Monday, June 06, 2005

The History of Love

Currently reading: "Catch-22" by Joseph Heller
"The Dark Knight Returns" by Frank Miller
"Bouclier Humain" by Hennebaut, Betaucourt, and Sellali
Next Up: "The Crimson Petal and the White" by Michael Faber

*****************POSSIBLE SPOILERS - YOU HAVE BEEN WARNED*******************

I finished reading "The History of Love" by Nicole Krauss a few days ago. Here's a synopsis:
"An unlikely and unforgettable hero, Leo Gursky is a survivor -- of war, of love, and of loneliness. A retired locksmith, Leo does his best to get by. He measures the passage of days by the nightly arrival of the delivery boy from the Chinese restaurant and has arranged a code with his upstairs neighbor: Three taps on the radiator means, "ARE YOU ALIVE?, two means YES, one NO." But it wasn't always so. Sixty years earlier, before he fled Poland for New York, Leo met a girl named Alma and fell in love. He wrote a book and named the character in it after his beloved. Years passed, lives changed, and unbeknownst to Leo, the book survived. And it provides Leo -- in the eighth decade of his life -- with a link to the son he's never known. How this long-lost book makes an extraordinary reappearance and connects the lives of disparate characters is only one of the small miracles The History of Love offers its readers." - from
My thought at the end of the book was - The ending brought the book up from good to very good. Still not great.
I wanted to love this book. I really did. I had loved the excerpt I'd read in the New Yorker, and I was expecting to love the whole thing. I particularly loved the characters she created: Leo Gursky - who was so vivid, and interesting, with such a distinct voice. Alma Singer - a fourteen year old girl in a novel I could actually relate to for once. Smart, but not annoyingly/precociously so. Body issues, but not to the point where she felt sorry for herself as a person. Bird - my only complaintis that I feel like he got short shrift. He's so interesting, I think he deserved a novel of his own. He was reduced to a plot device, and that really irritated me, because I liked him so much. To have his interest in his faith exist only to serve Alma's search was downright criminal.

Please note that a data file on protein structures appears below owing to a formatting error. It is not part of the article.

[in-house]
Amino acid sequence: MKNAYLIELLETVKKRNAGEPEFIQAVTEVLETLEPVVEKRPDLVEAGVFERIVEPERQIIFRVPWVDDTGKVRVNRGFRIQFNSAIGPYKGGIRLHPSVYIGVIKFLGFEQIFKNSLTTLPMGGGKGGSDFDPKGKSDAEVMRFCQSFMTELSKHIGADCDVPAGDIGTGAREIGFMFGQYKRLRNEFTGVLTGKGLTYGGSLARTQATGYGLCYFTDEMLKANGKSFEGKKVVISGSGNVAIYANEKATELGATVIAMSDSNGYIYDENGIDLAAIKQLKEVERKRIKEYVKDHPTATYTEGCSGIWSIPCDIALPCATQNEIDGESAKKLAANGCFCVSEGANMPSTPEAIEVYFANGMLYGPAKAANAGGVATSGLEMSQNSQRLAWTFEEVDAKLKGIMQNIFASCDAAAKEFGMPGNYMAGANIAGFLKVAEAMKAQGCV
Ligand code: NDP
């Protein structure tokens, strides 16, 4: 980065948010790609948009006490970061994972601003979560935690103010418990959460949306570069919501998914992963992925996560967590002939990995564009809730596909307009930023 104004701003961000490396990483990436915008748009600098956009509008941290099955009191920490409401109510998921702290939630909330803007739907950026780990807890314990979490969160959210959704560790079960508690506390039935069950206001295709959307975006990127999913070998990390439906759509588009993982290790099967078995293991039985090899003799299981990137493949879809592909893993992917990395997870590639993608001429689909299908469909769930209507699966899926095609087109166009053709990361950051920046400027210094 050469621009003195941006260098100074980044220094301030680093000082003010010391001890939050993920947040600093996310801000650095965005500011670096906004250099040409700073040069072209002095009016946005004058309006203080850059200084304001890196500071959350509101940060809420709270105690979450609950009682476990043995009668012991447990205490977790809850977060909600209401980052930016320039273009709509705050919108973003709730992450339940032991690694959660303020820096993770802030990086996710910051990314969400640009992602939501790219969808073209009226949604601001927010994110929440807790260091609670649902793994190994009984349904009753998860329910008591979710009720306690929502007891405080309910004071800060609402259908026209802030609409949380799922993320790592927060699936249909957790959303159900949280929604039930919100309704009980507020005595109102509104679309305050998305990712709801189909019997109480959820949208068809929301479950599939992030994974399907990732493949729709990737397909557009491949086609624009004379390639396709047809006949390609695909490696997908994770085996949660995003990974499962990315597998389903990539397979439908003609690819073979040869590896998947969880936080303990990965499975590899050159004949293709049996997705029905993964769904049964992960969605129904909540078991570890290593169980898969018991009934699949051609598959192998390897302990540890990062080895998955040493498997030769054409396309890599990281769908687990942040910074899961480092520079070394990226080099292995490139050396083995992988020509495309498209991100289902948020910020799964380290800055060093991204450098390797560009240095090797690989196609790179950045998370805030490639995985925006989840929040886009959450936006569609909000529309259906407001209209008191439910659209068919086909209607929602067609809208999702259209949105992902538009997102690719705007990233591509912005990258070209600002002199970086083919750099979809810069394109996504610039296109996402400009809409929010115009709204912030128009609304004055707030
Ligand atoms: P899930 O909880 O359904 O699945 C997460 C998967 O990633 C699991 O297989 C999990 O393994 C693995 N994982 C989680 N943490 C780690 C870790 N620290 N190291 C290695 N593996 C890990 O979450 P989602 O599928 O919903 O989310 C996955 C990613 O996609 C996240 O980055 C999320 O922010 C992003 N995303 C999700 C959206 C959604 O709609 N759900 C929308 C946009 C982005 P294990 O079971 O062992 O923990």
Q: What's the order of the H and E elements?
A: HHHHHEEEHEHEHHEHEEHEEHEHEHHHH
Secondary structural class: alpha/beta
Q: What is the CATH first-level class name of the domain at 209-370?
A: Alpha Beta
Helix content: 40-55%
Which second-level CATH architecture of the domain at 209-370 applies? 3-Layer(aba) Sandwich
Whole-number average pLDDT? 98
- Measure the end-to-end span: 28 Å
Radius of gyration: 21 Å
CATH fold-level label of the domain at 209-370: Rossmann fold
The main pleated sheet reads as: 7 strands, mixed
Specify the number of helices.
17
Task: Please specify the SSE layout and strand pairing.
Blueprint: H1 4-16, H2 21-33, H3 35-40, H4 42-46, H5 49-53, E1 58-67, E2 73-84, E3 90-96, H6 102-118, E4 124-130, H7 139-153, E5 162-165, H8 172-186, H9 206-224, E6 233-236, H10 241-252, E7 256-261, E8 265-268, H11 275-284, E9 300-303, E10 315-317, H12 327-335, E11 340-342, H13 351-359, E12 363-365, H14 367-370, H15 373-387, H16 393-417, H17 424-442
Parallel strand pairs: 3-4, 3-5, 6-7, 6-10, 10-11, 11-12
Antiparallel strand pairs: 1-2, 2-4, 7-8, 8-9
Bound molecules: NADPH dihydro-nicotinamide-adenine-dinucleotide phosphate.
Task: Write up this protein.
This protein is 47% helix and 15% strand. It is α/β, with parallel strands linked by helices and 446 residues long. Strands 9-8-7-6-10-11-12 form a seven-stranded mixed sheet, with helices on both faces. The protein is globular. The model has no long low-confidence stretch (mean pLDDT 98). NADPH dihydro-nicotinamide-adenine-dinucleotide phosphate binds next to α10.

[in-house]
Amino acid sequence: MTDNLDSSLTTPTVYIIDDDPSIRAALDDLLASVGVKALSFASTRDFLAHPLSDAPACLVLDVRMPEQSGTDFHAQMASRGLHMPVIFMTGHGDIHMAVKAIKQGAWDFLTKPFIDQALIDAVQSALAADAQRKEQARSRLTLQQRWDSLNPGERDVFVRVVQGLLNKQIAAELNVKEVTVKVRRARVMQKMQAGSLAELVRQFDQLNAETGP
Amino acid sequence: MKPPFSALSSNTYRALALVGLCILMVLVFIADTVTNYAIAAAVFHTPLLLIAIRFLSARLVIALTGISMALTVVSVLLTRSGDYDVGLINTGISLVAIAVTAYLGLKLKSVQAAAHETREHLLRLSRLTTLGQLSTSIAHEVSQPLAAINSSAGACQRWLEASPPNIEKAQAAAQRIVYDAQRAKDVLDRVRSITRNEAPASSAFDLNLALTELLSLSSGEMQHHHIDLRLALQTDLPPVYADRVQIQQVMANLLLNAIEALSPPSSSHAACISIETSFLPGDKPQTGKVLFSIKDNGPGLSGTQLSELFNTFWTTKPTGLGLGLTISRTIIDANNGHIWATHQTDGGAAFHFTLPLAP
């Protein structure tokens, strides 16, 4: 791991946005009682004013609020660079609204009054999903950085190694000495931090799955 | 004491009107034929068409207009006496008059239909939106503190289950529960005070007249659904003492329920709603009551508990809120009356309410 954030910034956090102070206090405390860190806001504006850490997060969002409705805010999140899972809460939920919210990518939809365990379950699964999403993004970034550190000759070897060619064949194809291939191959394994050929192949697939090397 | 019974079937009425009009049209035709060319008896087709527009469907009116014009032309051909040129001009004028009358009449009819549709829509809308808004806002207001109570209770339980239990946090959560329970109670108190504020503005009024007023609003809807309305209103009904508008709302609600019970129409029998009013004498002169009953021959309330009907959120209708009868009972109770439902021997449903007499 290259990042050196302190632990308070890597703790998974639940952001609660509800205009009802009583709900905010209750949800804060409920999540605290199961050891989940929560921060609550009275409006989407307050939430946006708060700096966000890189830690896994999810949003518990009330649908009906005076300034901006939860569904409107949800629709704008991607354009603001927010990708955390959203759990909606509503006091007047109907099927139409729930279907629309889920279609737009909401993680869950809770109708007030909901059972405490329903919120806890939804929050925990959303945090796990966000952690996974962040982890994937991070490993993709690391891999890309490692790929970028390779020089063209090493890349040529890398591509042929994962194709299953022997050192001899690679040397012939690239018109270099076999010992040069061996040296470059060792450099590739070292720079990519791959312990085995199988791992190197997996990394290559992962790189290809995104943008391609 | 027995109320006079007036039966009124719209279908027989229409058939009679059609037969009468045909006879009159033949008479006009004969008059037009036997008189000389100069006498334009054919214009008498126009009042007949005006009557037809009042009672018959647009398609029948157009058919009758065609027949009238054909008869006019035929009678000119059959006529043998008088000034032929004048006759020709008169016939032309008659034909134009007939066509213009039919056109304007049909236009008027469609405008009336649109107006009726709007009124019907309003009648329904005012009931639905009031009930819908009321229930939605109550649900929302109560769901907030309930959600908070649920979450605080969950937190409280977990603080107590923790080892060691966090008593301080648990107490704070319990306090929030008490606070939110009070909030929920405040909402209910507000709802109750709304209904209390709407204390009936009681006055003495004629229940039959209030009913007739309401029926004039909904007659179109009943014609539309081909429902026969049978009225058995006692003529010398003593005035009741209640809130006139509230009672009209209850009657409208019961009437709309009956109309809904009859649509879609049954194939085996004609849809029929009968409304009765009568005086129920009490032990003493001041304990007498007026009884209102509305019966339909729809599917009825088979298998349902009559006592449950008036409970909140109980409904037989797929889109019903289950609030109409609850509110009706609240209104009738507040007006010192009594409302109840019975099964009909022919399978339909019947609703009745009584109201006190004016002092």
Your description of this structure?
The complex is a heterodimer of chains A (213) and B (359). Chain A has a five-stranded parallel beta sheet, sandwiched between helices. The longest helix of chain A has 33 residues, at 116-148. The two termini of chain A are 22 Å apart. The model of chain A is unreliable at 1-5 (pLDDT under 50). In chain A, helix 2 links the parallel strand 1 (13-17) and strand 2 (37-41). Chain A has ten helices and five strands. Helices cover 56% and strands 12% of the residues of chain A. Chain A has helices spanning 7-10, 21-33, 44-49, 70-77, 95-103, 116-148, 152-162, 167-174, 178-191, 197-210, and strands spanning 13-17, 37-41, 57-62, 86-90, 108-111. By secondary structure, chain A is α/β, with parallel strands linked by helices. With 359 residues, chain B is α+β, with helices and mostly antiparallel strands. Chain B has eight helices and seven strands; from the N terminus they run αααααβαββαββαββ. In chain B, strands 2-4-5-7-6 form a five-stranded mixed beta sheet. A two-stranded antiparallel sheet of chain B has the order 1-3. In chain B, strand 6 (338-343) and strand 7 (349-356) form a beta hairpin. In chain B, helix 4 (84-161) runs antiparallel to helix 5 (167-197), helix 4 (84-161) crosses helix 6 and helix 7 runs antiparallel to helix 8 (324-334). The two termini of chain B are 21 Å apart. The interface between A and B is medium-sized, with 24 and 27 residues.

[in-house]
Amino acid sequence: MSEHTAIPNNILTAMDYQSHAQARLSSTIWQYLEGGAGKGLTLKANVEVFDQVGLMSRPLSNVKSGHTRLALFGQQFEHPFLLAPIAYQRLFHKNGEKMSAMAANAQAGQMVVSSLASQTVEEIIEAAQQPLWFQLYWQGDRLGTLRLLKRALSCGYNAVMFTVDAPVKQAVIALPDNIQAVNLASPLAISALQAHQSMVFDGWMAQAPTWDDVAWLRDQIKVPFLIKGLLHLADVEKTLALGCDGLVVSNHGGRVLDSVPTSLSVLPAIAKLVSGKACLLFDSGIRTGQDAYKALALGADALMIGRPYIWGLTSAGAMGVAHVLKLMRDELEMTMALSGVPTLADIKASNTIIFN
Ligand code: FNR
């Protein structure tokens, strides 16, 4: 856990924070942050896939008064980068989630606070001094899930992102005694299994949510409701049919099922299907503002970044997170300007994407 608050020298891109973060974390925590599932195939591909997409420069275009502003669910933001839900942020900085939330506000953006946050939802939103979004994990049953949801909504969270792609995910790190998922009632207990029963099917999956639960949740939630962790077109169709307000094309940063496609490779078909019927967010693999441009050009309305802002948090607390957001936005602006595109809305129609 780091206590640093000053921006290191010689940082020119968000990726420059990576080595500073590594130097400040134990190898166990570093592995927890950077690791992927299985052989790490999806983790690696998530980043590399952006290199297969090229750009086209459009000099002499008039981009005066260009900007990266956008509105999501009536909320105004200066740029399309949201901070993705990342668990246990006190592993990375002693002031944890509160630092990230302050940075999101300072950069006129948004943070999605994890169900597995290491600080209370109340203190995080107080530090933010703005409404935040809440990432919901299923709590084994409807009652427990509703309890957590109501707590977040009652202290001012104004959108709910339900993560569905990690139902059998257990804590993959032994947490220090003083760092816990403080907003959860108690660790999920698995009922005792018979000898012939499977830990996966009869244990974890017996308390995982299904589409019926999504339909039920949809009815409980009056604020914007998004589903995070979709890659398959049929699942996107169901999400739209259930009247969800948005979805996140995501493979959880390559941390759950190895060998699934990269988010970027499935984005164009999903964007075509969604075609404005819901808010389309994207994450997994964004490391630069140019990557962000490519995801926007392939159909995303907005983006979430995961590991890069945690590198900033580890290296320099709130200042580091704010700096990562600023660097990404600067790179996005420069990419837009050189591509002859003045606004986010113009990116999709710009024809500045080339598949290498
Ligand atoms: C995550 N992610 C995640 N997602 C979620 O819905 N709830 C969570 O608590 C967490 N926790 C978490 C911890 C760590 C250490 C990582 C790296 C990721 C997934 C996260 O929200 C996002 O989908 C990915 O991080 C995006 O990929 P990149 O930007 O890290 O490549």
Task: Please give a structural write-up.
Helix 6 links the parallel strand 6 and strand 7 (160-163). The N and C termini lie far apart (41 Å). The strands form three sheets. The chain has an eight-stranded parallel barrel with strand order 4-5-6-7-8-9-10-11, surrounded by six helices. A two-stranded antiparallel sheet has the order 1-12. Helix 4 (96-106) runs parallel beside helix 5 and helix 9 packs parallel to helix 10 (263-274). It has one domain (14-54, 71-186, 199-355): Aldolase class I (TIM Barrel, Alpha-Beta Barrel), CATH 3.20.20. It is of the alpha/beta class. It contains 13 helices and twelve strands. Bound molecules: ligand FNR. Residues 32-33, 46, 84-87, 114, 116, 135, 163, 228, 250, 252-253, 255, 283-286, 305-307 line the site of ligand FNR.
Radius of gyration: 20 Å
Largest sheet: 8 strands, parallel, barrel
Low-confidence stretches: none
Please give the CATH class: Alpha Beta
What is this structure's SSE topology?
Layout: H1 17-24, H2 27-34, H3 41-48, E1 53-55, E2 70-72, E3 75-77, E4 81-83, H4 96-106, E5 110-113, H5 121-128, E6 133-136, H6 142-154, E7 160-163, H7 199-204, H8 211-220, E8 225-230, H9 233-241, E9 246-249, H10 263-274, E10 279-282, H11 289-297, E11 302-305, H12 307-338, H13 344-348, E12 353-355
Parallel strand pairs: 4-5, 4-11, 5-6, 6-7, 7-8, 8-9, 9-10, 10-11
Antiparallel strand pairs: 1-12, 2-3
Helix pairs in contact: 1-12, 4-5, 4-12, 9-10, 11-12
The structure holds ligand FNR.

(and why is his religious fervence treated like an illness instad of as something that can actually help him through his father's death? Just curious...)
What bothered me was that Krauss seemed to be trying too hard to be "experiemental." (whatever that means anymore...) What I loved about Man Walks Into a Room, her first novel, was its language and its directness. How it told a story. But for everything I enjoyed about this book, there were two that either annoyed me or confused me.
There are some beautiful poignant passages in this book - about lost/new love, about identity, about growing older...but then there's a page of charts for no real reason. Alma tells her story in list form. There are pages with only one or two sentences on them (some successful, some not). I dont' feel like any of these "tricks" suited the story she was trying to tell. It didn't feel like that's the way the story needed to be told - also, this didn't feel like Krauss' voice to me. It felt as if she were doing an impression...or at the very least, she was a ventriloquist speaking through a dummy. I missed her voice.
I wanted to hear Nicole Krauss speak...I ended up hearing who she thought we wanted to hear. It's not the same thing.


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